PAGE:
Investors pulled out the most in three months from mutual funds in December led by an outflow from the money market schemes used by companies to park surplus cash for the short term.
Across all schemes, the industry witnessed a net outflow of Rs 1.36 lakh crore compared with a net inflow of Rs 1.42 lakh crore in the preceding month, data released by the Association of Mutual Funds in India showed.
That’s the most since Rs 2.3 lakh crore total outflows in September, when IL&FS crisis spurred the biggest monthly withdrawal from money-market schemes in at least a decade. The liquid funds, however, drove the inflows in October and November for the industry.
In December, investors withdrew Rs 1.49 lakh crore from these schemes compared with an inflow of Rs 1.36 lakh crore in the preceding month. Such schemes usually face redemption pressure at year-end because of advance tax payments.
Inflows into equity mutual funds, including equity-linked savings schemes, also fell to their lowest in nearly two years. Equity inflows dropped 21.5 percent over the previous month to Rs 6,606 crore in December—the lowest since February 2017.
“The last one year has been a bit confusing in terms of returns for investors. Secondly, regulatory changes is also something which everybody is adjusting to,” said Aashish Somaiyaa, chief executive officer at Motilal Oswal AMC. He sees the trend of slowing inflows to continue for another six to 12 months unless the markets rise.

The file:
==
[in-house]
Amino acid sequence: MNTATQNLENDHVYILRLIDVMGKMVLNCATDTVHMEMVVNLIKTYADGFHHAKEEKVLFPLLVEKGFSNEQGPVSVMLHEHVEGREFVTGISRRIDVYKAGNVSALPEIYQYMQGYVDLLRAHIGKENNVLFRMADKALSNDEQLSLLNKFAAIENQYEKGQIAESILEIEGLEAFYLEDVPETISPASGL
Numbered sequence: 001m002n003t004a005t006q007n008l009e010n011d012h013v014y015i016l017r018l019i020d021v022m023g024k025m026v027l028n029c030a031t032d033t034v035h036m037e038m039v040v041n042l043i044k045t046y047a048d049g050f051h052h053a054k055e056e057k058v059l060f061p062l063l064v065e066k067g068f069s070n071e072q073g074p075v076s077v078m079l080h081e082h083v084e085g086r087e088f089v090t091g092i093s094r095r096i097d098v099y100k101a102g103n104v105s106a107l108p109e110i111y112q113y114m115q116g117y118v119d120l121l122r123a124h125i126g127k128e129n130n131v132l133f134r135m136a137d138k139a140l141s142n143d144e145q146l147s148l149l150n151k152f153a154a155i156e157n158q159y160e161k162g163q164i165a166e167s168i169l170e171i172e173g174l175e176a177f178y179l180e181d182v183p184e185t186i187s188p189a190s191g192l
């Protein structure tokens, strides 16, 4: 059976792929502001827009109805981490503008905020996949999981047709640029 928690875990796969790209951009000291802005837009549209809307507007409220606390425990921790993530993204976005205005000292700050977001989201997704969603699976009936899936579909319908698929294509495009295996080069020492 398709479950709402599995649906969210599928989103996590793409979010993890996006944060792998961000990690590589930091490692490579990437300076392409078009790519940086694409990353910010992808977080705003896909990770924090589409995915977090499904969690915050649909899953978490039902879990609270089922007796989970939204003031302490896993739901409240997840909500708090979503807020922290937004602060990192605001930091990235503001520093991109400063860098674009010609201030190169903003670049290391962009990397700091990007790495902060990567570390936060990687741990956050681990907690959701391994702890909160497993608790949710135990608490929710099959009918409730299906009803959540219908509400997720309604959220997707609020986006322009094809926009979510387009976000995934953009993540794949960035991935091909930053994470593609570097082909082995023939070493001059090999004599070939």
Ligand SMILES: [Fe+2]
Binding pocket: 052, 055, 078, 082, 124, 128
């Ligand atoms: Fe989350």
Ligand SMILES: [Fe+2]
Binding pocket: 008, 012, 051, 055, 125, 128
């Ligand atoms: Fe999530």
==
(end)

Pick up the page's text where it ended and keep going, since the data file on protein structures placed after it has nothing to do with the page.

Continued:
Swarup Mohanty, chief executive officer at Mirae Asset Global, said the interesting aspect is investment through systematic investment plans. “While investors continue to add money through the SIP route they seem to have gone out via the lump sum route.”
Outflows from income scheme fell 48 percent to Rs 3,407 crore in December. Such schemes are considered safer because they invest in high-dividend generating stocks, government securities, certificates of deposits, corporate bonds and money-market instruments. Balanced fund inflows fell the most in five months to Rs 45 crore from Rs 215 crore in November.
“While liquid fund outflows were due to a seasonal effect, the outflows from income funds were due to volatility in the bond market,” said NS Venkatesh, chief executive officer at AMFI. “As yields have begun stabilising, the flows should improve in income funds,” Venkatesh told BloombergQuint. “Positive flows should start coming from January onwards.”